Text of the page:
Book, to be published
March 24, 2018
Featured image Copyright © 2018 Jill Buchanan
“As the season changes. Spring seems to come in while the tide is out and winter creeps back with the cold waters of high tide.”
John and Mildred Teal, “Life and Death of the Salt Marsh”.
It is March 24th. Patches of snow still dot the shore of Pavilion Beach, but the sun is struggling to break through the pewter sky. It holds the promise of spring after our long winter of stormy discontent.
I have come out here with Sandy Tilton and Marc La Croix of UAV Look to see how sand makes its way to Crane’s Beach. Marc’s drone takes off and disappears over Plum Island Sound on its way to Sandy Point.
We lean into the monitor and see acres of shallow sand flats, a long thin sandbar and where 500 feet of new sand has accreted to the end of the point. It is now only a short swim from the shallow water flats of Plum Island to Crane’s Beach; but it is an impossible swim, because of the tidal currents that rush through the narrow opening.
Someday, the sand flowing off of Plum Island will seal off the mouth of the Parker River and it will have to find a new way to get to the ocean. We can see where that will be. The March storms had smashed through the dunes and undermined one of the Parker River Wildlife Refuge’s most beloved boardwalks.
The waves had also come close to forming a new inlet from the ocean into Stage Island Pond. When this does happen, it will make Sandy Point into an island connected to Crane’s Beach by walkable sand flats. And Ipswich will gain several hundred new acres of dunes, beaches, uplands and clam flats.
Changes like these have happened out here since the last Ice Age. Then, the ocean level was 200 feet lower and the coast was almost three miles further east. Wooly Mammoth strode across the landscape, which we were standing on, which was itself under half a mile of ice.
The glaciers had ground their way through New Hampshire’s White Mountains pulverizing their granite cores into millions of tons of quartz, magnetite and garnet sand that the proto Merrimack River had washed onto the Continental Shelf.
As the seas rose they shaped this reserve of Paleolithic sand into barrier beaches and then gently nudged them toward their present locations making what we now call Crane’s Beach, Plum Island and Plum Island Sound.
By the time we finished filming it was close to low tide so Sandy and I wandered down Little Neck to see how much the storms had also filled in the Ipswich River.
Walking with Sandy was like walking with myself where I had grown up on Cape Cod. She knew every nook and cranny and could tell stories about each rock, pebble, and dune.
Today she was searching for a heart-shaped rock she had discovered several years before. She knew the location of dozens of heart-shaped rocks and believed Nature had put them there for her enjoyment.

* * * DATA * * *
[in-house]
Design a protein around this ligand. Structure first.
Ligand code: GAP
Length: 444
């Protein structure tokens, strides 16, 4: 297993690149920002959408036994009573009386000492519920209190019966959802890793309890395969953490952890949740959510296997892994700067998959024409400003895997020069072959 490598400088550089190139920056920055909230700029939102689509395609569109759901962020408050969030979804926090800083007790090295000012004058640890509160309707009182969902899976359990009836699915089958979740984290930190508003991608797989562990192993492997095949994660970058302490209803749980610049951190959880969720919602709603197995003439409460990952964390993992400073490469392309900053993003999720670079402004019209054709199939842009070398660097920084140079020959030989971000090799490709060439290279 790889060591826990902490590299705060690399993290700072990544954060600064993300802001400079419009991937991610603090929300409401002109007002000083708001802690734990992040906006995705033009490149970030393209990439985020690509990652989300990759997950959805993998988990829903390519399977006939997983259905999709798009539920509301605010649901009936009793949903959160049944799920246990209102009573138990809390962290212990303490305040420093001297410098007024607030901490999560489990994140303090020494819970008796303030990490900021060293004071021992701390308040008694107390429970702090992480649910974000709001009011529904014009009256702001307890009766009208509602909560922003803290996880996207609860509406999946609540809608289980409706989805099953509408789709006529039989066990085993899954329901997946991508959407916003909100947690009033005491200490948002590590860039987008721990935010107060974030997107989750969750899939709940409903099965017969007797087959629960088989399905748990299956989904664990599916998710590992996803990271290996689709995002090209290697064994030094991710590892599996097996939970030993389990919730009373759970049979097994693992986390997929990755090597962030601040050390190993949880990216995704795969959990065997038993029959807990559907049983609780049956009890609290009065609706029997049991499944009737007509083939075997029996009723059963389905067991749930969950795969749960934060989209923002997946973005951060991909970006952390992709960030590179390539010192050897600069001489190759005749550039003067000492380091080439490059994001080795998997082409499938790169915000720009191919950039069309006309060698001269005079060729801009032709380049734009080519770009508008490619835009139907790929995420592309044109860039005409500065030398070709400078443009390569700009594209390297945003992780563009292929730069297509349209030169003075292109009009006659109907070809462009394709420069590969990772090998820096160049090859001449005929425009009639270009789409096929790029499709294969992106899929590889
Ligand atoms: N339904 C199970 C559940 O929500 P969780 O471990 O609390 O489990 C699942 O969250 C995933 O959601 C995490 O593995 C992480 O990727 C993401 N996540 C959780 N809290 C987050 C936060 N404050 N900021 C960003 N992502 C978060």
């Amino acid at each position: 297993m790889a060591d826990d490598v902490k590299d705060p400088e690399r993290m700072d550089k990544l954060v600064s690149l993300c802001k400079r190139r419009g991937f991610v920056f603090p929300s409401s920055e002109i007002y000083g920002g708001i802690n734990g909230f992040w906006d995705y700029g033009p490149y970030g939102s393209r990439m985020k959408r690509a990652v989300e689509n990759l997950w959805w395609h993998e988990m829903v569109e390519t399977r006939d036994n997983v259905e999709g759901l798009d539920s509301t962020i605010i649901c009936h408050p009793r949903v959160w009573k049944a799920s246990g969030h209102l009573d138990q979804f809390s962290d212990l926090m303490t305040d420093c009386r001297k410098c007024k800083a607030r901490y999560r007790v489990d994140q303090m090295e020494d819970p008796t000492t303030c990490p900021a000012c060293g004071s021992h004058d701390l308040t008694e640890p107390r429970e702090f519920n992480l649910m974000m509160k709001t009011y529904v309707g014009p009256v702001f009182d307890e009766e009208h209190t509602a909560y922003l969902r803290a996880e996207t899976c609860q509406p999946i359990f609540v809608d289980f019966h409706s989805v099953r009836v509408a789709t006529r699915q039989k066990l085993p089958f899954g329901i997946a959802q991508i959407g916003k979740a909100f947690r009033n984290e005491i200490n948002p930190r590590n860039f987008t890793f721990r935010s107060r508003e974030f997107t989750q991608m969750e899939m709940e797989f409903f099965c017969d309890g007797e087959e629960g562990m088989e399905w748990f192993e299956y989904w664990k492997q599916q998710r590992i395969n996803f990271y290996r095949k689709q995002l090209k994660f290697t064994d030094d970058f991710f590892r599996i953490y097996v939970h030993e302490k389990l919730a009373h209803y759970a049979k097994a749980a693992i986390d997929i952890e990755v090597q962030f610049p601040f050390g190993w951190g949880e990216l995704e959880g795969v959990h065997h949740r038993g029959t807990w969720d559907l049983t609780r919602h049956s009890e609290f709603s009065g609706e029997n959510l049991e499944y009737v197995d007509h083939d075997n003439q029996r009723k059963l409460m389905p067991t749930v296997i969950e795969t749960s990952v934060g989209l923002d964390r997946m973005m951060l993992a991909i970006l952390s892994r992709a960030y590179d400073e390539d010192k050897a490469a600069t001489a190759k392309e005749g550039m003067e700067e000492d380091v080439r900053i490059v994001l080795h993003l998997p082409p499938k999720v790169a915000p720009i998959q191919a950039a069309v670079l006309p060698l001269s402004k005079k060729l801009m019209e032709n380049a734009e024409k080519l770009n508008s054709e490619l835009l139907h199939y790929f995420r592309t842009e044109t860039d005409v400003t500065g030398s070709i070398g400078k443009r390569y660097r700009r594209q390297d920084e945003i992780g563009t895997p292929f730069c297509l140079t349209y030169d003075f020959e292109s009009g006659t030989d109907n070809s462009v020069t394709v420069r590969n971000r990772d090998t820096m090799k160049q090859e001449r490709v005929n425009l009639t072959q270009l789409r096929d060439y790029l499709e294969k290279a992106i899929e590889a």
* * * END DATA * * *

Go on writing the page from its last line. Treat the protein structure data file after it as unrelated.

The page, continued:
She pointed to a large rock. She and her brother had almost been stranded on it when the tide had caught them unawares only a few years before. She explained that when she was a girl the thing to do was to swim across the mouth of the Ipswich River at slack water, then swim back as quickly as you could before the outgoing tide swept you out to sea.
We lingered at a tidepool that she used to visit with her daughter. It was almost perfectly round, fifteen feet across, and protected by a 4-inch tall wall of peat. The perimeter of the peat was covered with a profusion of periwinkles, preparing to hunt on the incoming tide.
The tide pool was only a few inches deep but it cradled blue mussels, oysters, boat shells and clean white barnacles in an isolated world of red and green algae. It was like looking back into Paleolithic times, because all these plants and animals had evolved millions of years before humans had appeared on our planet, and millions of years before this shore had been created by the rising seas.
Suddenly we noticed an eight-inch long sandworm swimming sinuously on the surface. Its body had a bluish green iridescence flecked with spots of red and gold. It poked its head out of the water making it look like a tiny Loch Ness monster with two sets of intelligent eyes.
It looked up at Sandy and swam in her direction before burying its head in the sand and thrashing its tail. Soon we saw another worm on the other side of the pool doing the same thing.
But this time I noticed that after the worm thrashed its tail the water turned milky and we could see the feathered feet of nearby barnacles kicking something into their mouths. And a gastropod army of predatory mud snails advanced waving their proboscises in the water to pick up the scent of this new source of food. They looked like Hannibal’s elephants galloping in for a charge.
Then it hit me these were Nereid worms, Nereis Virens, the sea nymphs of the ocean and we had chanced upon their spawning dance. Like Sandy’s childhood friends they were taking advantage of the low tide’s slack waters. It was the day before the quarter moon when the tidal currents were at their weakest so the sperm would stay in the tidepool and fertilize eggs that the female worms were extruding out of their underwater burrows. In forty-eight hours this pool would be full of tiny drifting trochophore larvae.
If we had wandered by half an hour later we would have missed this ritual, an annual spring ritual that is triggered by the phase of the moon and the rapidly changing day-length.
But we had allowed Nature to guide our walk and seen this sensual ritual in a sun-warmed pool so similar to where life may have first evolved.